is housed with two sheets of packaging which claim that the account was composed by
Piozzi for Sir James Fellowes.
Published in Broadley, 292-296. A similar account of the Andrews story is in Balderston,
- (7). Metastasio, Pietro, 1698-1782. Del genio che m'accende : manuscript transcript, 1818 Dec. 15. 1s. in 1 folder.
Piozzi's transcript of four lines from an aria by Pietro Metastasio, verse XIX, in Italian.
- (8). Discharge : document signed, 1800 Jan. 3. 1s. in 1 folder.
General release by Gabriele Mario Piozzi and Hester Lynch Piozzi of claims against John Cator (1728-1806) concerning the estate of Henry Thrale (1728-1781). Signed by Gabriele Mario Piozzi and Hester Lynch Piozzi, and witnessed by William Watkins, cheesemonger of Bath.
- (10). Duty and Pleasure : autograph manuscript poem, undated. 1s. in 1 folder.
Published in Gentleman's Magazine 91 (1821), 631.
- (12). Essay on the progress of science : autograph manuscript, signed, [not after 1784]
1s. in 1 folder.
Begins: Few things have more incumbered the progress of science more than the reciprocal contempt
of its various professors...
- (13). Here are Donna Laura's wellknown verses on the Gate of Bologna with a translation
of them : autograph manuscript, [ca. 1794] 1s. in 1 folder.
The original verses in Latin; Piozzi's English translation; and Piozzi's explanation,
which describes the positive reaction of her daughter Hester Maria Elphinstone, Viscountess Keith circa 1794.
The same verses were recorded in 1779 by John Adams, as an inscription over the cell
of a monk at La Coruña, Spain.
See Charles Francis Adams, The Works of John Adams, Second President of the United States (Boston: Charles C. Little and James Brown, 1851) III, 240.
- (15). Letters to and from the late Samuel Johnson, LL.D. : autograph manuscript fragment, 1788. 1s. in 1 folder.
Piozzi's footnote to Samuel Johnson's letter to her dated 1773 Feb. 19, concerning a custom at the Thrale family dinner
Published in Letters to and from the Late Samuel Johnson, LL.D. (London: A. Strahan and T. Cadell, 1788) i, 73.
- (16). Lyford redivivus : Or, a grandame's garrulity : autograph manuscript, [ca. 1815] 2 v. (99, 91 leaves), in case.Hyde Case 9
A dictionary of English given names and their etymologies, based upon Edward Lyford's The True Interpretation and Etymologie of Christian Names (1655), with an introduction by Piozzi.
In a red quarter-morocco slipcase, with bookplate of A. Edward Newton.
Two versions of the same work, one a revised draft, and the other a clean copy apparently
prepared for publication.
Discussed in Clifford, 436-438; Hyde, Thrales 296-297; Edward Mangin, Piozziana: Or Recollections of the Late Mrs. Piozzi (1833), 13-18; and A. Edward Newton, The Amenities of Book-Collecting and Kindred Affections (1920), 16-17; IELM, ThH 953 and 954.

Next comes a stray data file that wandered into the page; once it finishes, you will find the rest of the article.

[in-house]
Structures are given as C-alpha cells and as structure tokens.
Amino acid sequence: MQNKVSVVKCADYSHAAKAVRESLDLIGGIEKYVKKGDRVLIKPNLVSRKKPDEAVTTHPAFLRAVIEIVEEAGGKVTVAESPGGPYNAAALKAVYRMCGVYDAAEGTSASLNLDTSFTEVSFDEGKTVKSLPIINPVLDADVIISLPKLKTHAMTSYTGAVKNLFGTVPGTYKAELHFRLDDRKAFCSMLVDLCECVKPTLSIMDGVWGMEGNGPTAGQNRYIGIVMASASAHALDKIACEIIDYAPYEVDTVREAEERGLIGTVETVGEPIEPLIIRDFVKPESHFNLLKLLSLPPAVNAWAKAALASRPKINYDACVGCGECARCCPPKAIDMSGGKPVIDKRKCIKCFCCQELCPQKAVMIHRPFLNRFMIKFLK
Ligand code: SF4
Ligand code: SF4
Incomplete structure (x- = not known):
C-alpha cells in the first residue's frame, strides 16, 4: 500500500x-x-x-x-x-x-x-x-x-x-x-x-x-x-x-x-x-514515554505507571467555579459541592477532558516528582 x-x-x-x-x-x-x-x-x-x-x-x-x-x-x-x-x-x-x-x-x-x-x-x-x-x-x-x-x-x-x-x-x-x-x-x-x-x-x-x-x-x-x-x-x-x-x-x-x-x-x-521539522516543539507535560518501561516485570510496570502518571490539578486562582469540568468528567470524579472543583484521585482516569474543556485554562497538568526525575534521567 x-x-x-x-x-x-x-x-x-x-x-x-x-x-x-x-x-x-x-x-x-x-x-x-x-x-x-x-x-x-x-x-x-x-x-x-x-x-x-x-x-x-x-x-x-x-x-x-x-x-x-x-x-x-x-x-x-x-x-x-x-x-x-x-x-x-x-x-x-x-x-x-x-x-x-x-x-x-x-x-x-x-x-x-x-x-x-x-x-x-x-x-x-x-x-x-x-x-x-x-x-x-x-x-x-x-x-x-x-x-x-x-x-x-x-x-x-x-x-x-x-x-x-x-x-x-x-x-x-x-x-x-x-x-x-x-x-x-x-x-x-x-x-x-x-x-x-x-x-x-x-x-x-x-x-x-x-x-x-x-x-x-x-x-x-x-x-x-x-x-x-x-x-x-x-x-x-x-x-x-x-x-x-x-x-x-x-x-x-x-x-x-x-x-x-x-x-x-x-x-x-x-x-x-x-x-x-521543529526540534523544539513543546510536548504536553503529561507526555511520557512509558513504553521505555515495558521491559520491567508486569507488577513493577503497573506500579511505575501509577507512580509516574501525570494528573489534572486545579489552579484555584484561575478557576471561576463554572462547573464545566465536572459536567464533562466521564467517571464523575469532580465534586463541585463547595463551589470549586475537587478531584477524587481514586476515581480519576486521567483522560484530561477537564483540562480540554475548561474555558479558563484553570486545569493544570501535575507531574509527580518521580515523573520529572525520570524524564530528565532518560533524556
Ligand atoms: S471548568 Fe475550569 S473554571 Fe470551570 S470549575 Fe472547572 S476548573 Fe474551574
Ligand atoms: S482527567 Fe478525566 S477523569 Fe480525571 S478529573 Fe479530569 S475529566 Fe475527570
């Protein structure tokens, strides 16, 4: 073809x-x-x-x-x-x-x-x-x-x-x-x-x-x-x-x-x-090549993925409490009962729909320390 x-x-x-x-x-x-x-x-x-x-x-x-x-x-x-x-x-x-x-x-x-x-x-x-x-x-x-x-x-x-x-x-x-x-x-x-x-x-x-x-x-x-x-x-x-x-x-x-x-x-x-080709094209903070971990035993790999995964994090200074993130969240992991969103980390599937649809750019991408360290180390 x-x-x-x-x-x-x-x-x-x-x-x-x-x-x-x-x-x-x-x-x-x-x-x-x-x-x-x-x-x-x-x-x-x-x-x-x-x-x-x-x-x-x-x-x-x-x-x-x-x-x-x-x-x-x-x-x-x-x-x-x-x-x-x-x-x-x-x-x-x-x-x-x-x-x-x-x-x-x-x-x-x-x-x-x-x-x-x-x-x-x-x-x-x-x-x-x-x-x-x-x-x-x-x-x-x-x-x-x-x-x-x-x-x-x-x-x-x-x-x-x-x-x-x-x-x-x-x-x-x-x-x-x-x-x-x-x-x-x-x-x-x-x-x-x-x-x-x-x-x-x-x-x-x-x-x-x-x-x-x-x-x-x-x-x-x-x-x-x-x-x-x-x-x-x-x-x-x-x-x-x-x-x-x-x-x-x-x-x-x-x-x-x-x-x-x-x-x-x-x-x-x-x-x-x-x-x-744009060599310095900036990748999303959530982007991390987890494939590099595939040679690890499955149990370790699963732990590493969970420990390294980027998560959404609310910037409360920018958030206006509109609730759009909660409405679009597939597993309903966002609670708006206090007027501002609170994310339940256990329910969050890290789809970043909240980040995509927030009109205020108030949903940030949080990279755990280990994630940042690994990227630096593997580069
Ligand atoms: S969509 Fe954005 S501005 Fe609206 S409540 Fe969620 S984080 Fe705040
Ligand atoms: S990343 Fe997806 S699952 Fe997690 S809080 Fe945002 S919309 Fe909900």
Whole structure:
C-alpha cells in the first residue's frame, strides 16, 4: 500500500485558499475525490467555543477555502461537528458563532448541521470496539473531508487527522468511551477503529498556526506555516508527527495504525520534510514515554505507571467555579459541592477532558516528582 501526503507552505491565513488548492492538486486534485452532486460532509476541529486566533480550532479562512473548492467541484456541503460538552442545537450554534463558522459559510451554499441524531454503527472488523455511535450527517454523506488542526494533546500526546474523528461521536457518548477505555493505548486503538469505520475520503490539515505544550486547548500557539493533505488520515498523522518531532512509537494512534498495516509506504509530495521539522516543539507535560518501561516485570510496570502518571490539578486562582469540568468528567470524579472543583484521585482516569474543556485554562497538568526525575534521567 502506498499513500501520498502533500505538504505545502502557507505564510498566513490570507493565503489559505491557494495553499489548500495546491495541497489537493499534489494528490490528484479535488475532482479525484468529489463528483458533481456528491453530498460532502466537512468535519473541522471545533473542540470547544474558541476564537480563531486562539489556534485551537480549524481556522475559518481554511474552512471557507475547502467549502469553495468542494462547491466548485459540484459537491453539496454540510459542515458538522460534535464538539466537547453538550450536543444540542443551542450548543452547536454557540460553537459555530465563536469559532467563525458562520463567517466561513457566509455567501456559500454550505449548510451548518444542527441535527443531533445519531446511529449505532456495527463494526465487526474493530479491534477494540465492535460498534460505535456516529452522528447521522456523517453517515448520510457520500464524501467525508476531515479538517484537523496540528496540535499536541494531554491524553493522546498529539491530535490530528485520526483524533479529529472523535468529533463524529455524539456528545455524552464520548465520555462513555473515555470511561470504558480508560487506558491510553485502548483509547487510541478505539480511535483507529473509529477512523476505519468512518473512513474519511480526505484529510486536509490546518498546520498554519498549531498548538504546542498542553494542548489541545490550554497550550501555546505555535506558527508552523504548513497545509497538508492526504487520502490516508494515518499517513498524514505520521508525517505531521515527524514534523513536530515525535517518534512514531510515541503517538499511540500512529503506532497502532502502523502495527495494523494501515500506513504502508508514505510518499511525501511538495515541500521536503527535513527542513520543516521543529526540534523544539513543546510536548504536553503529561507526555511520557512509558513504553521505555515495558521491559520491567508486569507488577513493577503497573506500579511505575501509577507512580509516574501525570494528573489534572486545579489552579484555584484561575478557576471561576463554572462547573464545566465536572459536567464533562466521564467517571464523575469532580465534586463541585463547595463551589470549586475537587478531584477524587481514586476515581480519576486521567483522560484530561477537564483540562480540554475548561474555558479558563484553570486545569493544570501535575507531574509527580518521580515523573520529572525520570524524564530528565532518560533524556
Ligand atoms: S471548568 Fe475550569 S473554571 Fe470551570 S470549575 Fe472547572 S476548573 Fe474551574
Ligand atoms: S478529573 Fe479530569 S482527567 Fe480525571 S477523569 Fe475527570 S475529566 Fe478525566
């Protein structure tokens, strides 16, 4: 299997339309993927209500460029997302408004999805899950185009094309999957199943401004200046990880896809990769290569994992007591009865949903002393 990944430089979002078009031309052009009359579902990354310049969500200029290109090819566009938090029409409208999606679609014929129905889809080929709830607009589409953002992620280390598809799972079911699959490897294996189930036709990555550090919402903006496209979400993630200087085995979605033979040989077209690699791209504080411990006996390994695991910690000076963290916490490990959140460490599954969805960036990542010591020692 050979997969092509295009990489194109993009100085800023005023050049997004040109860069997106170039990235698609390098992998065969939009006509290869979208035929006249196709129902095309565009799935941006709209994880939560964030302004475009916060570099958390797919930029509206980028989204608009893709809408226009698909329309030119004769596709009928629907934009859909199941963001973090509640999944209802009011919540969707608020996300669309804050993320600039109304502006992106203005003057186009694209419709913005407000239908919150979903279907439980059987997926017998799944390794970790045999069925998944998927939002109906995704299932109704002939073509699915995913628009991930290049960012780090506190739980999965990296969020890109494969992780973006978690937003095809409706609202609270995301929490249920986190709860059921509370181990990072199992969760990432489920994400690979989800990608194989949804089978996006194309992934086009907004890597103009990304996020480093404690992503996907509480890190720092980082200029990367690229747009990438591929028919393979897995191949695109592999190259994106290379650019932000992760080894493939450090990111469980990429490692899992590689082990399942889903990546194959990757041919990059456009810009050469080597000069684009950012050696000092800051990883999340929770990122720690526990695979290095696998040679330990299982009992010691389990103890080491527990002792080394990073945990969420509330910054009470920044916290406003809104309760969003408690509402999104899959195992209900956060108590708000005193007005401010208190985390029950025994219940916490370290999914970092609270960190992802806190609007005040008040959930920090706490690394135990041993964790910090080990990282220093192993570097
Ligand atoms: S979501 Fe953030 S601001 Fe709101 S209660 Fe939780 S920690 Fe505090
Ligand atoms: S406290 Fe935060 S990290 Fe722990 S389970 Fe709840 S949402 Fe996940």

- (18). New common place book : autograph manuscript, 1809-1820. 1 v. (138 leaves), in case.Hyde Case 9
An unusual commonplace book organized both chronologically and alphabetically by initial letter. Apparently, Piozzi
began in 1809 by writing short pieces on topics beginning with the letter A. Although few pieces are dated, she apparently abandoned the project in 1809 while
still on A, resumed in 1814, had reached E when 1815 began, was on H in early 1816, was on M to begin 1817, reached Q in 1818, was just finishing up with R to begin 1819, began 1820 in S, and concluded the volume on 1820 Nov. 16 with her first T entry. Some of the pieces are essentially diary entries with headings assigned (sometimes awkwardly) to fit the alphabetical scheme;
see the entries for Leak and Life written in 1816 June. Piozzi sometimes annotated earlier entries in the margins,
and appears to have inserted other entries at a later date, but the general scheme
In a brown quarter morocco slipcase, with bookplate of A. Edward Newton.
Discussed in Clifford, 438-440; IELM, ThH 1087. Portions quoted in Broadley, 278-279,
291, 299-305; and in Hyde, Impossible Friendship 118-119.
- (20). On a weeping willow planted over against the sun dial at Brynbella : autograph manuscript, signed, 1802 Nov. 28. 2s. in 1 folder.
Poem by Piozzi, with typescript.
On verso, an untitled poem by Robert Gray (1762-1834)
Date:  in Latin with English translation.
Published in Balderston, 999, 1042.
- (21). Pedigree : autograph document, [no place] 1801. 2s., in poor condition, with one of the sheets split.Hyde Case 9, folio
Pedigree of the Salusbury family from 1070 to 1801.
See also the similar pedigree in the Keith Papers, MS Hyde 5, item (119).
In a brown quarter-morocco tray case.
- (23). Presentation inscription : autograph manuscript, 1797 July. 1s. in 1 folder.